Hypertextual Programming for Domain-Specific End-User Development

  • Sebastian Ortiz-Chamorro
  • Gustavo Rossi
  • Daniel Schwabe
Part of the Lecture Notes in Computer Science book series (LNCS, volume 5435)


Domain-specific languages (DSLs) have successfully been used for end-user development. However, dealing with language syntax poses significant learning challenges. In this paper, we introduce hypertextual programming, a technique that represents language syntax as hypertext. With this technique, instead of dealing with textual languages, users can inspect and construct their programs mainly by using navigation. Beyond merely representing the syntax, hypertext can be used to provide various views of a single program code. Nevertheless, to reap the benefits of this technique, adequate hypertextual editors must be built. This paper argues that many of the lessons learned in the web engineering area can be used to deal with this problem. Millions of users navigate the World Wide Web. Hypertextual programming leverages this widely available end-user skill to facilitate the construction of computer programs.


hypertextual programming end-user development interfaces for end-user development domain-specific languages web engineering 


Unable to display preview. Download preview PDF.

Unable to display preview. Download preview PDF.


  1. 1.
    Martin, J.: An Information Systems Manifesto. Prentice-Hall, Englewood Cliffs (1984)Google Scholar
  2. 2.
    Cypher, A. (ed.): Watch What I Do: Programming by Demonstration. MIT Press, Cambridge (1993)Google Scholar
  3. 3.
    Lieberman, H., Paternò, F., Klann, M., Wulf, V.: End-User Development: An Emerging Paradigm. In: Lieberman, H., Paternò, F., Wulf, V. (eds.) End User Development, pp. 1–8. Springer, Netherlands (2006)CrossRefGoogle Scholar
  4. 4.
    Jess, the Rule Engine for the Java Platform,
  5. 5.
    Burnett, M.M., Baker, M.J., Bohus, C., Carlson, P., Yang, S., van Zee, P.: Scaling up Visual Programming Languages. IEEE Computer 28(3), 45–54 (1995)CrossRefGoogle Scholar
  6. 6.
    Conklin, J.: Hypertext: an introduction and survey. Computer 20(9), 17–41 (1987)CrossRefGoogle Scholar
  7. 7.
    Murugesan, S., Desphande, Y.: Web Engineering. Software Engineering and Web Application Development. LNCS-Hot Topics. Springer, New York (2001)Google Scholar
  8. 8.
    Schwabe, D., Rossi, G.: An Object Oriented Approach to Web-Based Application Design. Theory and Practice of Object Systems 4(4) (1998)Google Scholar
  9. 9.
    Fons, J., Pelechano, V., Albert, M., Pastor, O.: Development of Web applications from Web enhanced conceptual schemas. In: Song, I.-Y., Liddle, S.W., Ling, T.-W., Scheuermann, P. (eds.) ER 2003. LNCS, vol. 2813, pp. 232–245. Springer, Heidelberg (2003)CrossRefGoogle Scholar
  10. 10.
    Ceri, S., Fraternali, P., Matera, M.: Conceptual modeling of data-intensive Web applications. IEEE Internet Computing 6(4), 20–30 (2002)CrossRefGoogle Scholar
  11. 11.
    Knapp, A., Koch, N., Zhang, G., Hassler, H.M.: Modeling business processes in Web applications with ArgoUWE. In: Baar, T., Strohmeier, A., Moreira, A., Mellor, S.J. (eds.) UML 2004. LNCS, vol. 3273, pp. 69–83. Springer, Heidelberg (2004)Google Scholar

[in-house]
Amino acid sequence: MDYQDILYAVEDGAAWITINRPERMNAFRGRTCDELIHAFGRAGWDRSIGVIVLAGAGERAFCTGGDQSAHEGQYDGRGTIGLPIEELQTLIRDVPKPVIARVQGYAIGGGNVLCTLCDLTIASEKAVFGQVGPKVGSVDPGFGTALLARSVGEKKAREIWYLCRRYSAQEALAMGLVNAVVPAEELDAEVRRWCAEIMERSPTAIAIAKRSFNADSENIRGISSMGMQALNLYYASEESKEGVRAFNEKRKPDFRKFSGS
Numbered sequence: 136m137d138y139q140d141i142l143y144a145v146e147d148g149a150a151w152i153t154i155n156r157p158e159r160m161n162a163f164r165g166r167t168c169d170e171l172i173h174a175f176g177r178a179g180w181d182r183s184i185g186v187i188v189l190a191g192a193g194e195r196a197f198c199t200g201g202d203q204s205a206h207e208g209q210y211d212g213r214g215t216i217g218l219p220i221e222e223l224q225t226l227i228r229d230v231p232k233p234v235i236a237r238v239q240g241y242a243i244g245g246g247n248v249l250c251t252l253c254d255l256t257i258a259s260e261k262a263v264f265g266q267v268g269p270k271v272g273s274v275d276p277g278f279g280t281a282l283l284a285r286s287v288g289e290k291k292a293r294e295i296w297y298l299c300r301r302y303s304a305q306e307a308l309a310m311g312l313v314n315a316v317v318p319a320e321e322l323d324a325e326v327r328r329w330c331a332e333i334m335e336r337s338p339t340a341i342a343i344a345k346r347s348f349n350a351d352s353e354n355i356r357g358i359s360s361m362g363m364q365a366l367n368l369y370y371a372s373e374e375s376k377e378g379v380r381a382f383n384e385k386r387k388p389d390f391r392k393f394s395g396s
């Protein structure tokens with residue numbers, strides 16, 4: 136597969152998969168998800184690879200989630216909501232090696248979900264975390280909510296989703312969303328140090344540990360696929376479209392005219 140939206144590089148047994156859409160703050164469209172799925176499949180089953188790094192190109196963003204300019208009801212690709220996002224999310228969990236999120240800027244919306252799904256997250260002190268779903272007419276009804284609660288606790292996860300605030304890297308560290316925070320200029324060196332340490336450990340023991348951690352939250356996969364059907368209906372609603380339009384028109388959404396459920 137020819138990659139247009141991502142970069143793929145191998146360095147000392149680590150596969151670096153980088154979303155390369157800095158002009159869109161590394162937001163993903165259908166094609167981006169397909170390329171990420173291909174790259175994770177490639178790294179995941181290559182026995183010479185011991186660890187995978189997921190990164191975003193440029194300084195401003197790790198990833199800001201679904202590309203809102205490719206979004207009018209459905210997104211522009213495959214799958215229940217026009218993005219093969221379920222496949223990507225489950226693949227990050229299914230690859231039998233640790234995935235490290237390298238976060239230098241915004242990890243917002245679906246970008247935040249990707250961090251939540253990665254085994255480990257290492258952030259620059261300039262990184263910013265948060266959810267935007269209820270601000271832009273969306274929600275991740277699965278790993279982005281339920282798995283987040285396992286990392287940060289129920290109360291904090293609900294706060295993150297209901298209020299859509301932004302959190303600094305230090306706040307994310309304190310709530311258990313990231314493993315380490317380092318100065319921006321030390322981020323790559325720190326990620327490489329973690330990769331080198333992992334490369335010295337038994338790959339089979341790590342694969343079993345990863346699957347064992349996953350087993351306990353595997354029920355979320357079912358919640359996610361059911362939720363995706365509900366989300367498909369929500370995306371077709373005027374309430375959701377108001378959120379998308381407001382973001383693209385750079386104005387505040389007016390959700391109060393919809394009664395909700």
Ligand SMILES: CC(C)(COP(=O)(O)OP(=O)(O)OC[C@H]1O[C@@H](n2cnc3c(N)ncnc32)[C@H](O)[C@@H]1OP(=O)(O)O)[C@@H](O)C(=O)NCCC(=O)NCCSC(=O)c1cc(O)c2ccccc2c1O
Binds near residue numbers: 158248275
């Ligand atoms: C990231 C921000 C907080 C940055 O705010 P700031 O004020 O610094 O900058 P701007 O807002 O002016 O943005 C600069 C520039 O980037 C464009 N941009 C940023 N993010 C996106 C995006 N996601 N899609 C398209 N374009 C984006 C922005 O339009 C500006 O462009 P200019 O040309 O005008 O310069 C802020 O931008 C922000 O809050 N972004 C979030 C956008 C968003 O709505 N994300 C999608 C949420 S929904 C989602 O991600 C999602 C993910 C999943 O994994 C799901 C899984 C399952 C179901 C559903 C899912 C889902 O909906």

12. 12.
    De Troyer, O.: Audience-driven Web design. In: Rossi, M., Siau, K. (eds.) Information Modeling in the New Millennium. IDEA Group Publishing, Hershey (2001)Google Scholar
  13. 13.
    Bray, T., Paoli, J., Sperberg-McQueen, C.M., Maler, E., Yergeau, F.: Extensible Markup Language (XML) 1.0., 3rd edn. W3C Recommendation (2004)Google Scholar
  14. 14.
    Ortiz-Chamorro, S.: Cytera. Rules Language Specification. Technical Report, CyteraSystems (2001)Google Scholar
  15. 15.
    Ortiz-Chamorro, S., Aquino, N., Rubin, R., Cernuzzi, L.: AtOOmix: un Lenguaje Extensible de Reglas de Negocios. In: Proceedings of CLEI 2008 (to appear) (2008)Google Scholar
  16. 16.
  17. 17.
    Thompson, H.S., et al.: XML Schema Part 1: Structures, 2nd edn. W3C Recommendation (2004)Google Scholar
  18. 18.
    Biron, P.V., Malhotra, A.: XML Schema Part 2: Datatypes, 2nd edn. W3C Recommendation (2004)Google Scholar
  19. 19.
    Nielsen, J.: Designing Web Usability: The Practice of Simplicity. New Riders Publishing, Indianapolis (1999)Google Scholar
  20. 20.
    Hypermedia Design Patterns Repository,
  21. 21.
    Rossi, G., Schwabe, D., Garrido, A.: Design reuse in hypermedia applications development. In: Proceedings of Hypertext 1997, pp. 57–66 (1997)Google Scholar
  22. 22.
    Østerbye, K.: Literate Smalltalk Programming Using Hypertext. IEEE Transactions on Software Engineering 21(2), 138–145 (1995)CrossRefGoogle Scholar
  23. 23.
    Anderson, K.M., Taylor, R.N., Whitehead, E.J.: Chimera: hypermedia for heterogeneous software development enviroments. ACM Transactions on Information Systems 18(3), 211–245 (2000)CrossRefGoogle Scholar
  24. 24.
    Garg, P.K., Scacchi, W.: ISHYS: Designing an Intelligent Software Hypertext System. IEEE Expert: Intelligent Systems and Their Applications 4(3), 52–63 (1989)CrossRefGoogle Scholar
  25. 25.
    Shu, N.: Visual Programming. Van Nostrand Reinhold, New York (1988)Google Scholar

Copyright information

© Springer-Verlag Berlin Heidelberg 2009

Authors and Affiliations

  • Sebastian Ortiz-Chamorro
    • 1
    • 4
  • Gustavo Rossi
    • 1
    • 2
  • Daniel Schwabe
    • 3
  1. 1.LIFIA, Universidad Nacional de La PlataArgentina
  2. 2.CONICETArgentina
  3. 3.Departamento de Informática, PUC-RioBrazil
  4. 4.Departamento de Electrónica e InformáticaUniversidad Católica de AsunciónParaguay

Personalised recommendations